# Math olympiad beginner's page

This page is meant for people who don't have much past olympiad experience (or even proof experience) and are looking for a place to start.

Before all else, welcome to the olympiad scene! It's going to be hard as heck, but in my private opinion this is where all the coolest stuff is (as far as math contests go, anyways). Stay around for long enough and you will get to see a lot of really amazing problems.

You may also read math contest FAQ's for some more philosophical (and less concrete) advice on studying for math contests in general.

## First reading: the welcome letter

TO BE WRITTEN, check back April 2020

## Writing proofs

If you don't have experience with proof-based problems,
the first thing I should say is that it is **not as hard as you might think**.
*Solving* the problems completely is difficult,
but if you really have a completely correct solution to a problem,
it is actually pretty hard to *not* get full credit.
I would say at least 90% of the time,
when a student loses points on USA(J)MO unexpectedly,
it's because their proof is actually wrong, not (just) badly-written.

Of course, you should still try to write your solutions as clearly as possible. To that end, here are some links to advice:

- How to write a solution, from Art of Problem Solving.
- Remarks on English, written by me.
- How to write proofs, by Larry W. Cusick.

You don't need to get too caught up in these links; proof-writing will become more natural over time anyways as you solve more problems. So I would actually encourage you to continue doing practice problems or reading books at the same time as you are getting used to writing; these go hand-in-hand and I actually suspect it's counterproductive to try and practice writing in isolation.

If it is possible, the best way is to have a friend or coach who can check your work and provide suggestions. But the supply of people willing to do this is admittedly very low, so most people are not so lucky to have access to feedback. The second-best thing to do is write up your solution and post it on AoPS contest index; by Cunningham's Law, wrong solutions are often exposed quite rapidly. You should also compare your solutions to existing ones.

Of course, you should set your sights on becoming self-sufficient eventually. During an exam, you do not have access to feedback or other's solutions, so you need to be able to know when you've solved a problem!

## United States Mathematical Talent Search

If you are in the United States, there is a nice proof-based contest called the USAMTS which is a great way for beginners to get started. Things that make the USAMTS special:

- It is a free, individual, online contest open to any students in USA.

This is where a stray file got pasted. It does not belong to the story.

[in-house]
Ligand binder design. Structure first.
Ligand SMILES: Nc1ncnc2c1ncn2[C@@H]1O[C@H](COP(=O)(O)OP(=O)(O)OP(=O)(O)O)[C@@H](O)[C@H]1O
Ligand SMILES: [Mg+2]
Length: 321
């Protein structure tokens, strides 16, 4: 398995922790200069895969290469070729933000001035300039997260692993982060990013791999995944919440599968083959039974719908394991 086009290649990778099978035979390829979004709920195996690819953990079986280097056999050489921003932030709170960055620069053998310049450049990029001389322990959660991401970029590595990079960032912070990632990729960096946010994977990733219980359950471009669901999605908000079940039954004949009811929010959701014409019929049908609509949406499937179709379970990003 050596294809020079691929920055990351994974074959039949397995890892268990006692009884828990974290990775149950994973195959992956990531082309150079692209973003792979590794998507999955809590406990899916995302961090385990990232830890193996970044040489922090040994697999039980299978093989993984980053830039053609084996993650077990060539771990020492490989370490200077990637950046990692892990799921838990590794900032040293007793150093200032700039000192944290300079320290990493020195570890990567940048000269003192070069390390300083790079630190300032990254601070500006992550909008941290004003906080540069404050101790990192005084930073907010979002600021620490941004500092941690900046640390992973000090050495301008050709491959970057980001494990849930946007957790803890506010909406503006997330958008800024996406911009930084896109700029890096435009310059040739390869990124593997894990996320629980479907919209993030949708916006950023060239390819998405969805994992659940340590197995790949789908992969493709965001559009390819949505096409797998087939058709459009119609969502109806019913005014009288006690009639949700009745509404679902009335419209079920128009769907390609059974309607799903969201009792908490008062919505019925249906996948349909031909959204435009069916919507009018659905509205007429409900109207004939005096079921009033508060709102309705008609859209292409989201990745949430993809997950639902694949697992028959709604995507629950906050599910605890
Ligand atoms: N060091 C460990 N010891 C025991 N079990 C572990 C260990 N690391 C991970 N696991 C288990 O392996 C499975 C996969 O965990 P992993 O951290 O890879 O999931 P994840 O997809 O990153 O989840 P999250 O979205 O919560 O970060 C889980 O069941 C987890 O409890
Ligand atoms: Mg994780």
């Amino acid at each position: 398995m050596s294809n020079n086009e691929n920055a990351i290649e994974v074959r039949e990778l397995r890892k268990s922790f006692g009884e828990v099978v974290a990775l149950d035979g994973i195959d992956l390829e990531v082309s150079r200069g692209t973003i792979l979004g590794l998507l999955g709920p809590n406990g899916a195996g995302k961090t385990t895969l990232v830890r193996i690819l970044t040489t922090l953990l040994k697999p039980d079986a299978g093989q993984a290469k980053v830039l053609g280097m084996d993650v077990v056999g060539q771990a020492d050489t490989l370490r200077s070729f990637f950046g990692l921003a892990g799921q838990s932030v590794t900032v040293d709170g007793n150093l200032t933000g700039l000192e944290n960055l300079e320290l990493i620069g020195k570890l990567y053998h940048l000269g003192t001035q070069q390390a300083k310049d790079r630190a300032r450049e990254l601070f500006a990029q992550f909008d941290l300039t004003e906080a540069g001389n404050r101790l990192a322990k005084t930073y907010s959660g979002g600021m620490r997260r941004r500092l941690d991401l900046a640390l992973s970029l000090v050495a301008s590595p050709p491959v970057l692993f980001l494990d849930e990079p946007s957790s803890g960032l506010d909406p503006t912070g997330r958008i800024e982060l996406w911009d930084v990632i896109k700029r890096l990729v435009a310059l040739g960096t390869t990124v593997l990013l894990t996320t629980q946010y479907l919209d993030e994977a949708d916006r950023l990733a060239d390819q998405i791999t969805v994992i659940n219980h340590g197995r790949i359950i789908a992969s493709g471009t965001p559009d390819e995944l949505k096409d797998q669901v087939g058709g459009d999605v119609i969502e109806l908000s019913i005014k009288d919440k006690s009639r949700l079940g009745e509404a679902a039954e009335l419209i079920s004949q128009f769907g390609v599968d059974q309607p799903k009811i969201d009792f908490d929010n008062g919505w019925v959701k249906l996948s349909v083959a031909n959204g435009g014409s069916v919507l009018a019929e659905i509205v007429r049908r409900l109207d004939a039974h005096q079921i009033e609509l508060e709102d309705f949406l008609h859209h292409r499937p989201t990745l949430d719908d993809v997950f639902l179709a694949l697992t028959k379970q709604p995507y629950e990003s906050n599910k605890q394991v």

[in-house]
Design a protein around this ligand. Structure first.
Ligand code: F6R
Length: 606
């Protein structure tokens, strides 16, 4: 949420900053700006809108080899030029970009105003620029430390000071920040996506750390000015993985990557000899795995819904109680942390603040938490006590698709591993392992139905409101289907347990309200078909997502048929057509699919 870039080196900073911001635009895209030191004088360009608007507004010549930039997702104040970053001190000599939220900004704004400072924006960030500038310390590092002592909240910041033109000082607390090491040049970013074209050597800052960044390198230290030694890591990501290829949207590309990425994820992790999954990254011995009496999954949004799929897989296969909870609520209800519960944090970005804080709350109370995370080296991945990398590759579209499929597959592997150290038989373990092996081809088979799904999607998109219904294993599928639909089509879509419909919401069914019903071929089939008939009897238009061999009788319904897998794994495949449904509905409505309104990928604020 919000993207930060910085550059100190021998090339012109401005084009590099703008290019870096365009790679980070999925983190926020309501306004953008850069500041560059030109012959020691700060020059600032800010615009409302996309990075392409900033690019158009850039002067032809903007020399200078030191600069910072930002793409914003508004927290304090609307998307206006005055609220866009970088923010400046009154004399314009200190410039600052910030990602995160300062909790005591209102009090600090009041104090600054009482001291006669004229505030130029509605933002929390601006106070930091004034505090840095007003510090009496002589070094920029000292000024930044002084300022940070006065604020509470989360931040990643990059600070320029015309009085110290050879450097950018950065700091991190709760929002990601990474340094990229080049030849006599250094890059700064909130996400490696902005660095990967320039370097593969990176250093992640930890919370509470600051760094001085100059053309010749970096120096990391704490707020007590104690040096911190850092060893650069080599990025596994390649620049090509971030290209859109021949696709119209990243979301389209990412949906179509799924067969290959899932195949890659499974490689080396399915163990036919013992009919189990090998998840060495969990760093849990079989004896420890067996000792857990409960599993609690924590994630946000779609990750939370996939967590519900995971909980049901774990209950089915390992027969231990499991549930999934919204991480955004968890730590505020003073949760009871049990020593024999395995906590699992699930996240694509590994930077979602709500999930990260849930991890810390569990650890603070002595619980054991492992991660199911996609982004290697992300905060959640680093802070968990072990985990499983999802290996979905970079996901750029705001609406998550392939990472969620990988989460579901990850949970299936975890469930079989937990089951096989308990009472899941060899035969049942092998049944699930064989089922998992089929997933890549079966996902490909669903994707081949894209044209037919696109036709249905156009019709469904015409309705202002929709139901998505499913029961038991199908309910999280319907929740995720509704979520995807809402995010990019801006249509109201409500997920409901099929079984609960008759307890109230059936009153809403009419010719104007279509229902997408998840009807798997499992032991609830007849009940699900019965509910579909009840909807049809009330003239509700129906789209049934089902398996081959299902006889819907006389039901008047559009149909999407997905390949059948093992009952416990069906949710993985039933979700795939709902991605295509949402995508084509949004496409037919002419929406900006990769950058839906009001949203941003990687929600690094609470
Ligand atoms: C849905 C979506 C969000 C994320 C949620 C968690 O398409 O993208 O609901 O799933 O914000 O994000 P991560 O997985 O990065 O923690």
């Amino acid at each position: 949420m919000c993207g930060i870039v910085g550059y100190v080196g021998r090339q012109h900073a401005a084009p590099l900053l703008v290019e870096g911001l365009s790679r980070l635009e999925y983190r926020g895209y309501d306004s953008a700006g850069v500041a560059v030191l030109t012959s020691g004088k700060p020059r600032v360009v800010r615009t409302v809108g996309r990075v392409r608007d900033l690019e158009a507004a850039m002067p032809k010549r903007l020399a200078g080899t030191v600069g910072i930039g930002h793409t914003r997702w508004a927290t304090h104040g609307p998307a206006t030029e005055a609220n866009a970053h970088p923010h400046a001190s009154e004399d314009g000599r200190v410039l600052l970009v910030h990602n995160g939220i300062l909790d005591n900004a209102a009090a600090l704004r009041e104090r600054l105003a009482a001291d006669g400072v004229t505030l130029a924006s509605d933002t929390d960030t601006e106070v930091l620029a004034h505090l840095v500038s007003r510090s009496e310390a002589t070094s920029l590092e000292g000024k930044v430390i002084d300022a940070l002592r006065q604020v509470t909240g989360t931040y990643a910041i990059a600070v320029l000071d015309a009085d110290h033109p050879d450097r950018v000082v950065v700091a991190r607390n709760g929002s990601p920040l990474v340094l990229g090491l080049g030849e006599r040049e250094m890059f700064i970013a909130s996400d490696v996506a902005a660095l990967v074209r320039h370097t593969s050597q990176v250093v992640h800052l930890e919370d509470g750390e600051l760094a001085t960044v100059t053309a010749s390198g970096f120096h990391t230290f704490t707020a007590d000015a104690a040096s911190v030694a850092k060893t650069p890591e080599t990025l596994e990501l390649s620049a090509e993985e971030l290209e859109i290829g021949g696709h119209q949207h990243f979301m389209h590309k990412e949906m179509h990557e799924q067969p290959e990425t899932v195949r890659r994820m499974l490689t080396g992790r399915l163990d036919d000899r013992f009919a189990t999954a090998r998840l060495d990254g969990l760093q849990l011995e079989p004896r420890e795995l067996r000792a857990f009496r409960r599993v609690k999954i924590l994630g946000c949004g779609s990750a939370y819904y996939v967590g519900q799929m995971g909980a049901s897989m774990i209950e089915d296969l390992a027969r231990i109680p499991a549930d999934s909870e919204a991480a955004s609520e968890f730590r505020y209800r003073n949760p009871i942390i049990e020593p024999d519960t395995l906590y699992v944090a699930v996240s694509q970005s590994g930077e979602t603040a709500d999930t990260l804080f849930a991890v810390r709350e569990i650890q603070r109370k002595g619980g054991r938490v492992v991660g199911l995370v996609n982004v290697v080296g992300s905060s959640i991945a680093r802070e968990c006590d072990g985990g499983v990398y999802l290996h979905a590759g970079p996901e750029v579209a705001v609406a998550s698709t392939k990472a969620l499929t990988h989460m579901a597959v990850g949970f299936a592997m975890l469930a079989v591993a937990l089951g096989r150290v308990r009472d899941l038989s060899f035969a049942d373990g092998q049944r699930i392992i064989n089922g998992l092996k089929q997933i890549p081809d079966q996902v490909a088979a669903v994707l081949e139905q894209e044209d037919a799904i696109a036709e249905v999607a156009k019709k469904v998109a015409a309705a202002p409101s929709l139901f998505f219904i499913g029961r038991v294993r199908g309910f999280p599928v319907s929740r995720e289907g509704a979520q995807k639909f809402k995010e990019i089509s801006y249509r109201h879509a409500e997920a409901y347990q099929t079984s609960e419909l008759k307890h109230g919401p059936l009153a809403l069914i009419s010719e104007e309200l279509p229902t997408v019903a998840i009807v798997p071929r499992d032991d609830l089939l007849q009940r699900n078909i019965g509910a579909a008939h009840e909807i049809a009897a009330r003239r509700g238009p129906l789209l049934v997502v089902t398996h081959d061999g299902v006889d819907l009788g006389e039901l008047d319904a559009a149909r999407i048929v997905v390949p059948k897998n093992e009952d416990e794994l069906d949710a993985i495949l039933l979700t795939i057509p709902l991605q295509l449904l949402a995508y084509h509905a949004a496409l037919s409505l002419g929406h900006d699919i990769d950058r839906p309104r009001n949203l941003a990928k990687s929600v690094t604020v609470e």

- The problems are chosen to be quite beginner-friendly, though with a spectrum of difficulty each round.
- This contest gives you a
*full month*to work on the problems rather than having a short time limit. - You get some feedback on your proofs as well, not just a score.

## Books to read

There is some more material you have to learn as well, since there are some new classes of problems (such as olympiad geometry, functional equations, orders mod p, etc.) that you will likely not have seen before from just working on short-answer contests.

To toot my own horn further, I wrote the following two books to be possible introductions:

- The OTIS Excerpts for everything other than geometry, and
- The textbook E.G.M.O. for classical geometry.

... but there are some more possibilities listed on the links page. Another nice general introduction is Art and Craft of Problem Solving by Paul Zeitz. You might also check Geoff Smith's advice and links.

(I really want to stress these are mere *suggestions*.
Just because you have done X does not mean you will achieve your goals,
and conversely, there are surely many fantastic resources
that I have not even heard of.
If you are looking for a list of materials which are
"guaranteed to be enough" for solving IMO #1 and #4,
then unfortunately I can't help you.)

## Problem sources

At some point (sooner rather than later), you also need to start just working through some past problems from recent years of contests. You can think of this as encountering problems in the wild. (I used to carry a binder with printouts of the IMO shortlist and check them off as I solved them.)

In case you didn't know already, on Art of Problem Solving there is an extensive archive of past problems from basically every competition under the sun, together with community-contributed solutions. The supply of problems here is inexhaustible.

Here are some particular contests I like (roughly ascending order of difficulty):

- Canada national olympiad
- European Girls Math Olympiad
- IMO and IMO Shortlist
- USA Team Selection Tests

The bottom of the recommendations page has some more suggestions for problems if this list isn't sufficient.

Good luck and happy solving!